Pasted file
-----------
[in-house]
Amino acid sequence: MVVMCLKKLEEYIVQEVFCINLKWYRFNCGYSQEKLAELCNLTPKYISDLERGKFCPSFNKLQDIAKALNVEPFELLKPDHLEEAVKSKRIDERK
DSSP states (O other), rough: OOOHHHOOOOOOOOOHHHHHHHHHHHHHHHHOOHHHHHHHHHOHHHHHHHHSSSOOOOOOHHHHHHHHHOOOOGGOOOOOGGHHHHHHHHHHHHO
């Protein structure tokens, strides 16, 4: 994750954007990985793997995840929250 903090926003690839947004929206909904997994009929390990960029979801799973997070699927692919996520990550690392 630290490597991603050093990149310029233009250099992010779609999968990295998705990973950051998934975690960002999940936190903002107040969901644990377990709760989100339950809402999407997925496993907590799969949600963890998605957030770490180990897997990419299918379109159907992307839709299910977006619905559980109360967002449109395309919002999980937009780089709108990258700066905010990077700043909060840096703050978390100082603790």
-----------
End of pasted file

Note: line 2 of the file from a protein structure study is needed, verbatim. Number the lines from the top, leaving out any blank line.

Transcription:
Amino acid sequence: MVVMCLKKLEEYIVQEVFCINLKWYRFNCGYSQEKLAELCNLTPKYISDLERGKFCPSFNKLQDIAKALNVEPFELLKPDHLEEAVKSKRIDERK